Positron emission tomography
Positron emission tomography ( PET) scans areusedto produce detailed three-dimensional imagesof the inside of the body.
The images can clearly show the part of the body being investigated, including any abnormal areas, and can highlight howwell certain functions of the body are working.
PET scans are often combined with computerised tomography (CT) scans to produce even more detailed images. This is known as a PET-CT scan.
They may also occasionally be combined with a magnetic resonance imaging (MRI) scan . This is known as a PET-MRI scan.
Positron emission tomography (PET) scans are used to produce detailed three-dimensional images of the inside of the body.
An advantage of a PETscan is that itcan show how well certain parts of your body are working, rather that showing what it looks like. They'reparticularlyhelpful for investigating confirmed cases of c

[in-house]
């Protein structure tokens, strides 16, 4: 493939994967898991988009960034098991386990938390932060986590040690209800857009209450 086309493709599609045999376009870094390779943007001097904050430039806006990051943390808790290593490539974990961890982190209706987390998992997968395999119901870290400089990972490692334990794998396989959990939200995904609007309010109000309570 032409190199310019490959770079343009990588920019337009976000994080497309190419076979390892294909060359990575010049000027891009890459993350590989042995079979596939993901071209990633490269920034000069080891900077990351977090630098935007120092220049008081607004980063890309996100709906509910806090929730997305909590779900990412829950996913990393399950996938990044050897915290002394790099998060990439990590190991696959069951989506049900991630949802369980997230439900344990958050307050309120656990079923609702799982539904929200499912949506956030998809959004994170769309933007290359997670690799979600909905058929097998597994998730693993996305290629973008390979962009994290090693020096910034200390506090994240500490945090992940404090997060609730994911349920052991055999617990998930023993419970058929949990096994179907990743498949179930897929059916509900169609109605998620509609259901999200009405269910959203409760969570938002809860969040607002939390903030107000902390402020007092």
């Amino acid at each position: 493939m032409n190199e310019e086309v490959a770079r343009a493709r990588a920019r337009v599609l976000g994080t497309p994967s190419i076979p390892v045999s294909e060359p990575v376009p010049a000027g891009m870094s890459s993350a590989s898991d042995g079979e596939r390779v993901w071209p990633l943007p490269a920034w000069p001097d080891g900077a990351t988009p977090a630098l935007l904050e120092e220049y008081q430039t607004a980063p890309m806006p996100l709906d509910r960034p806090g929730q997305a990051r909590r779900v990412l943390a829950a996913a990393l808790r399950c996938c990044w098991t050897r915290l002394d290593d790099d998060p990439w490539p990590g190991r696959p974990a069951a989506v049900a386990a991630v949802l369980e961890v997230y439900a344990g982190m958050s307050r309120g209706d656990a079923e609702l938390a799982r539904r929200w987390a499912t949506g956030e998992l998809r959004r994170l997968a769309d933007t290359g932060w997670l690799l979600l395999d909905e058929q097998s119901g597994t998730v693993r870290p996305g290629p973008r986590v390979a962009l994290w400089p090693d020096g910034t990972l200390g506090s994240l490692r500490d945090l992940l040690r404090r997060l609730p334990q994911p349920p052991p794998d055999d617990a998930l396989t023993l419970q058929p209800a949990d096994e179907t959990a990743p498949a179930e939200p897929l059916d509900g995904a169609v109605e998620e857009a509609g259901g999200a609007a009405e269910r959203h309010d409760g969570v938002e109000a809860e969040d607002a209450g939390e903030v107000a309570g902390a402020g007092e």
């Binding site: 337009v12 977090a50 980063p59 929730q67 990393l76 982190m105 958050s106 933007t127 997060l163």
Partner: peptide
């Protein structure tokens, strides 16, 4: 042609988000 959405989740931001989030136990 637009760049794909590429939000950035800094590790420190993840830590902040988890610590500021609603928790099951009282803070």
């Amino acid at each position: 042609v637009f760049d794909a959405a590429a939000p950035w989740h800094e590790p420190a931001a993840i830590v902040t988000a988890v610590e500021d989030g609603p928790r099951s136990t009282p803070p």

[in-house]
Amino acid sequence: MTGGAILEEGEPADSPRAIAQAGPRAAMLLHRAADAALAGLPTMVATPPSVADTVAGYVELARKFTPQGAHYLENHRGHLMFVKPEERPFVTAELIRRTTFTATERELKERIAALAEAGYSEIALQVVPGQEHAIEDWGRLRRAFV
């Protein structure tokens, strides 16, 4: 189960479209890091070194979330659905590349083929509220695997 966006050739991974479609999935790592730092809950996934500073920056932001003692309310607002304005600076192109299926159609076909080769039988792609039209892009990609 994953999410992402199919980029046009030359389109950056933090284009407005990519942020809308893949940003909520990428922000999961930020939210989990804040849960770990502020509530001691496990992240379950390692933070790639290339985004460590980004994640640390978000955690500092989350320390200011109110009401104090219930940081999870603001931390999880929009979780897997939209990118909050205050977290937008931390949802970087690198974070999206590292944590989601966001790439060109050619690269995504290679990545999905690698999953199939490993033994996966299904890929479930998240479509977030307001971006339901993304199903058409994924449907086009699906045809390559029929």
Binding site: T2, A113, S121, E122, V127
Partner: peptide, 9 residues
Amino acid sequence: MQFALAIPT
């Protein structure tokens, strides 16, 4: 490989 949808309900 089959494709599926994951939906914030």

PET scanners work by detecting the radiation given off by a substance called a radiotracer as it collects in different parts of your body. In most PET scans a radiotracer called fluorodeoxyglucose (
PET scans are usually carried out on an outpatient basis. This means you won't need to stay in hospital overnight. It's important to arrive on time for your scan, as theradiotracer used has a short s
Any exposure to radiation carries a very small risk of potential tissue damage that couldlead tocancer at a later date. However, in a standard PET scan the amount of radiation you're exposed to issma